These last few days I've been limiting my palette to just green, blue, and red-orange. I chose these colors from a photograph I took of Mont Bre in Switzerland. The mountains in the background and the lake in the foreground were different shades of blue and the hillside was green with a little village tucked into it with red-orange rooftops. Limiting my palette has allowed me to free my mind a bit and concentrate more on the imagery and less on color choices. Of course the neutrals (white, black, grey, brown) don't count. More images inspiring my color palette are on my Instagram.

Detail of the handmade paper, Lupa with Abaca Strings
   I've been working with handmade paper more and more. Each type reacts differently to each media. This paper is really bizarre. It was given to me my Grandmother and had a label describing it as Lupa with Abaca strings. I looked it up and it's a handmade paper from the Phillipines. One side is smooth and the other has these strings running parallel through it. It's quite rough so it wasn't easy making smooth lines like I need to do. I can't not make smooth lines! So that offered quite a challenge, but it was fun. I love finding media that works with these strange papers. I used Caran d'Ache watercolor crayons, watercolor, and graphite. The watercolor crayons helped me create the smooth line. The paper did not absorb the watercolor much at all. The paint just stained the paper, but I tried to figure out how to make that work to my advantage.

Tuesday, April 18, 2017

Colored Embryo

Color Embryo #1, watercolor on paper, copyright Nina Leung, 2017
 I love the idea of cells reproducing on their own and creating new life or different life. This is what I imagine it looks like if done with color. Beginning with a large sac, embryos form and stretch and begin to pull away from the "mother" cell and are then on their own. I believe this actually happens, that some organisms can reproduce on their own and create new life.

Color Embryo #2, watercolor on paper, copyright Nina Leung, 2017
   This happening has always been of great interest to me. It's been an ongoing topic in my work for years. It always bothered me that people would immediately conclude that my interest was purely because I was interested in reproducing myself which was not the case. This subject of cell reproduction has been under exploration before I had children, during, and afterwards and I never related the two. Strange as that may sound, I view the two completely differently even though I know they are directly related.

Color Embryo #3, watercolor on paper, copyright Nina Leung, 2017
  What's happening here, in my paintings, is an imagined molecular state where I can experiment with fluid forms and play with shapes and colors in endless ways. I love creating organic shapes or shapes that are impossible in reality.

Tuesday, April 11, 2017

Complex Organisms

Scipio, watercolor and graphite on handmade paper, copyright Nina Leung, 2017
  I've had a grand time with these guys. I've realized, since my last post, how wonderful and even freeing it is to limit the palette. This time around, I limited myself to only yellow, green, and pink/red. Though the yellows are more of a yellow-green and the greens, green-yellow. I'm pushing for the split complementary. What a wonderful way to color combine. And since I decided on this palette, I'm seeing it everywhere! It's in our front yard with a yellow blooming shrub next to a lavender plant blooming fuchsia, it's up the street where I see a yellow and green striped aloe next to tiny pink wildflowers. There's a reason we mimic nature, our eyes love it!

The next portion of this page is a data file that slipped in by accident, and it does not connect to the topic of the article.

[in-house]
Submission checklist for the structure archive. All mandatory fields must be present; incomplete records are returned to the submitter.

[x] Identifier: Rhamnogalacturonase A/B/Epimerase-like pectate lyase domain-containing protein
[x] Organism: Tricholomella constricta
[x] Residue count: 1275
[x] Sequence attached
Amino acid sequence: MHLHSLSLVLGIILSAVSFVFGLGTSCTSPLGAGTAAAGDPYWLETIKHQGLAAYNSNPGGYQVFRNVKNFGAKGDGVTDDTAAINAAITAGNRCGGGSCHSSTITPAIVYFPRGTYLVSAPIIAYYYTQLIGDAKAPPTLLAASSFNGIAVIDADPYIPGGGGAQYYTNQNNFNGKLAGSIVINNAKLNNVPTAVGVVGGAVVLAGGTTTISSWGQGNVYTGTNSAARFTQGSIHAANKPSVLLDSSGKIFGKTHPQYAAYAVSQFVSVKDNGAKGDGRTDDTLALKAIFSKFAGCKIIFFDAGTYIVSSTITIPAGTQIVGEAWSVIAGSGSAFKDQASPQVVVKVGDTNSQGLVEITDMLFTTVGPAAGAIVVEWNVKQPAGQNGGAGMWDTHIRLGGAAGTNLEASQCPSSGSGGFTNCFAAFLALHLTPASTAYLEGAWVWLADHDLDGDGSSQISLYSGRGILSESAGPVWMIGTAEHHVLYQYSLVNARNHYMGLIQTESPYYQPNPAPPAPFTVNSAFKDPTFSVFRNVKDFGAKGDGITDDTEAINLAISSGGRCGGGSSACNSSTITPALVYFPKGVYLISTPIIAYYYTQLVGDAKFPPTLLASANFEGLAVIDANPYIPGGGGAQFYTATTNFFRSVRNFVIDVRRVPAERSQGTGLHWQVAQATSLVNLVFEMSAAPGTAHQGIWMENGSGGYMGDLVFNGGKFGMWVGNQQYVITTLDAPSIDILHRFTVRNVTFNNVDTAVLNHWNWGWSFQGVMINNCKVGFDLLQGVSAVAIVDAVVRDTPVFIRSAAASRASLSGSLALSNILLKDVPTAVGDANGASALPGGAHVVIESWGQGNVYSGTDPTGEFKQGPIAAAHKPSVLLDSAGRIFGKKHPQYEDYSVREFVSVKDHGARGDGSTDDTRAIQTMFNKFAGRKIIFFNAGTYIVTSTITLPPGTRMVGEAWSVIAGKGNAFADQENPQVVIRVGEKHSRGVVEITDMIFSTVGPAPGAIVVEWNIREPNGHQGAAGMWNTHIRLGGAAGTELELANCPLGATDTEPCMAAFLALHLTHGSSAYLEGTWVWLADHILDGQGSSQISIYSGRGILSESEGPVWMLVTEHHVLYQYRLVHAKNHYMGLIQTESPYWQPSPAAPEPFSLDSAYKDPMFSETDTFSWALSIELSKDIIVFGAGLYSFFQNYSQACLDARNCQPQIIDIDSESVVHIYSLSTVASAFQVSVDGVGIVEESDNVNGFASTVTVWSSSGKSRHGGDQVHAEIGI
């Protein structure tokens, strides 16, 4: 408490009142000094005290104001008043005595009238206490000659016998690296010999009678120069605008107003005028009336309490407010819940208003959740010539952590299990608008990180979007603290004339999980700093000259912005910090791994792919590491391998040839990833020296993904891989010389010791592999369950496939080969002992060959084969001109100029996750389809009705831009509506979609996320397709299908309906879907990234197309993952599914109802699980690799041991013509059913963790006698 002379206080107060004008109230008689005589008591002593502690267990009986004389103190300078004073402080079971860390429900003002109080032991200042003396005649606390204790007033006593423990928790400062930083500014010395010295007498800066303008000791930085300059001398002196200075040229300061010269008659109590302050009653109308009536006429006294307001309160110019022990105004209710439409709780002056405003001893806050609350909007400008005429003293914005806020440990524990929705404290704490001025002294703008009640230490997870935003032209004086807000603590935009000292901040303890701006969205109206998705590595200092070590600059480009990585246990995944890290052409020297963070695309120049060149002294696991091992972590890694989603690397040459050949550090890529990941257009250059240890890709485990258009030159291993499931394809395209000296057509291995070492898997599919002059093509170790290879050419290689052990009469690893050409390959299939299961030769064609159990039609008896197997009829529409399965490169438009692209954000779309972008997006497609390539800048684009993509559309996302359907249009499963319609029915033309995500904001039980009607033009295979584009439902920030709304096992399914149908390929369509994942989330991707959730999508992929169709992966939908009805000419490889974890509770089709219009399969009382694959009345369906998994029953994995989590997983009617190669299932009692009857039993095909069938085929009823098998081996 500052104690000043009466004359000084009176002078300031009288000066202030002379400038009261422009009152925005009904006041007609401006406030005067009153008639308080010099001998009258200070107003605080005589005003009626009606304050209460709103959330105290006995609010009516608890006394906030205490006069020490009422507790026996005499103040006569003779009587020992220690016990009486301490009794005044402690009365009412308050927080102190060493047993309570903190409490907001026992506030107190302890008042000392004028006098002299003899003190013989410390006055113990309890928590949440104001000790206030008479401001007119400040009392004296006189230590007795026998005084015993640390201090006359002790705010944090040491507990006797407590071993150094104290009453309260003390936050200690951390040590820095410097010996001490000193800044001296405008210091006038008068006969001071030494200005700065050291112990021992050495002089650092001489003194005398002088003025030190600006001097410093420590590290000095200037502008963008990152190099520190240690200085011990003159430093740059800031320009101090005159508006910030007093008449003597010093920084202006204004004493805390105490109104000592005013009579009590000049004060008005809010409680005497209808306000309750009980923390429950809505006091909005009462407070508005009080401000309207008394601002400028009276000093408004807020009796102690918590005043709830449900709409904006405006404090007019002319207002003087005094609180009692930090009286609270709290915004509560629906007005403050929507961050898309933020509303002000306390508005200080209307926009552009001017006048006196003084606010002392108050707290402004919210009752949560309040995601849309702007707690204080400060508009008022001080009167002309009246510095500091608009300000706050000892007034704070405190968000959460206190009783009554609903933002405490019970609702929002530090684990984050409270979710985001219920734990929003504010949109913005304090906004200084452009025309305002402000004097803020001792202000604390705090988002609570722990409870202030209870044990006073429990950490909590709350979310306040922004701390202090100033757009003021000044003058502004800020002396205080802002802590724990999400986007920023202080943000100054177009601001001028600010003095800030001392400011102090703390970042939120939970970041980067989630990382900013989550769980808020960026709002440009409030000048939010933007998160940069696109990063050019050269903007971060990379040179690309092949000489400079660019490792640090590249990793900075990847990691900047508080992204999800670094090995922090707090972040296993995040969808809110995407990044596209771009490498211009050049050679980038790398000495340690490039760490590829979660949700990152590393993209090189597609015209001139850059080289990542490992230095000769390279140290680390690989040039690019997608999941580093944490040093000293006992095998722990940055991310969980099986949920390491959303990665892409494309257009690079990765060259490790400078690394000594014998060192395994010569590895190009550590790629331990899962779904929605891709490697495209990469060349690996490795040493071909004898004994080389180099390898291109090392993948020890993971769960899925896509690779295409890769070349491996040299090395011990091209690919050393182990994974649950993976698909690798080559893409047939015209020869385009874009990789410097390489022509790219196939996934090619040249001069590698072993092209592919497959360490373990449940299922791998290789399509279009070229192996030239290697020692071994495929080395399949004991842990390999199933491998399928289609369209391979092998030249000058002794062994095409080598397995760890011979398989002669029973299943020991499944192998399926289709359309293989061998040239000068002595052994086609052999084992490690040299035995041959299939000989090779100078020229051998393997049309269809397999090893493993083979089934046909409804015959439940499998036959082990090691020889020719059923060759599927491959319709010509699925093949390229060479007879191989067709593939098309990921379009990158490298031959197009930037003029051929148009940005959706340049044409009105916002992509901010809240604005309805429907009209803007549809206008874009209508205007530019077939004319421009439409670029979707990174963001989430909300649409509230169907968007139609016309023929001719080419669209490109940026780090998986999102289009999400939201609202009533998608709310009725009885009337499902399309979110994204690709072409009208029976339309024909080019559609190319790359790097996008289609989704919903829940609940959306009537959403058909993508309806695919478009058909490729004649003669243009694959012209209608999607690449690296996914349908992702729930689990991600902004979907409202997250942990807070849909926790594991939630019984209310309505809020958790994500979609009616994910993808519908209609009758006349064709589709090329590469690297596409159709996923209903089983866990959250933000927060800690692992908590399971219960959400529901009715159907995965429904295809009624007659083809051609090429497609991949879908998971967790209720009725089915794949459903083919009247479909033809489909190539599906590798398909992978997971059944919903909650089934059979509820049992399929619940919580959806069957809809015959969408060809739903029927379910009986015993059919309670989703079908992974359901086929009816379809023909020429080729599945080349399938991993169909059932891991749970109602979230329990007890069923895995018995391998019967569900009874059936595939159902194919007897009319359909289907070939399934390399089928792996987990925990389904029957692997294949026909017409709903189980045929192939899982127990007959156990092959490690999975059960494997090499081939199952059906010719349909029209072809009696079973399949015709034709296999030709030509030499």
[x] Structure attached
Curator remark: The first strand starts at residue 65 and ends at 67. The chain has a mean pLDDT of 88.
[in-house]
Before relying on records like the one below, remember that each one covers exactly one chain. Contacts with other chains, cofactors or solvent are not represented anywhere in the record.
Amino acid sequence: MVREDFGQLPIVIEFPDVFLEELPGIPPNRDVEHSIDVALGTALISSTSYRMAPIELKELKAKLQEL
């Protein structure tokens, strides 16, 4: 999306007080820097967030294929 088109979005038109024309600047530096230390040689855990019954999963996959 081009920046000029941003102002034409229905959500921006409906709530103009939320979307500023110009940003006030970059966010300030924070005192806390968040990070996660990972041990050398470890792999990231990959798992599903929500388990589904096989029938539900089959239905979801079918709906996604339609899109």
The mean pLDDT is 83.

Scipio, above, was a pretty serious challenge. It's painted on handmade mulberry paper from Thailand. I bought it at the paper factory myself many years ago and have been carefully saving it all this time and I'm so glad I did. This big guy needed it as a home. The difficulty was in the way the paper took the paint. It mostly acted like a blotter paper so the paint wouldn't flow. I had to work lightening fast and figure out the exact amount of water to add so it wouldn't run too much when it dried. That challenge was quite fun, though. I enjoy working quickly and having to concentrate hard. It's a good brain workout! The imagery came, again, from imagining the weird micro-organisms discovered in the Cave of Crystals in Mexico.

Lovely Organisms, watercolor on paper, copyright Nina Leung, 2017
  These two came from having a nice chunk of time to do some work and just laying some paint down and seeing what came of it. It got weird. I made some awkward shapes, but I knew I could save them or I should at least try and I came up with the one above. It was accidental and when that happens, wonderful things come about. I'm really happy with these simply because they're so strange and I so enjoyed making them. It also helps that my 7 year old really likes them!

Gnaeus, watercolor on paper, copyright Nina Leung, 2017

Wednesday, April 5, 2017

Green and Yellow Microbial Worms

G/Y Microbial Worm #1, watercolor on paper, copyright Nina Leung, 2017
 Spring colors are a definite influence here. It is so enjoyable taking notice of colors all around me. I can't believe I've ignored it for so long. It's as if a large space in my brain has opened up and now has time and ability to notice and do the things I've always enjoyed. I've become more mindful and it's been a natural progression. I haven't had to force it and I've been happier overall.

  These microbial creatures are still on my mind and I think they will be for a long time. The imagery is endless and there are many opportunities for different iterations. These paintings are a play on the development of microbes, starting out in cells and creating themselves.

G/Y Microbial Worm #2, watercolor on paper, copyright Nina Leung, 2017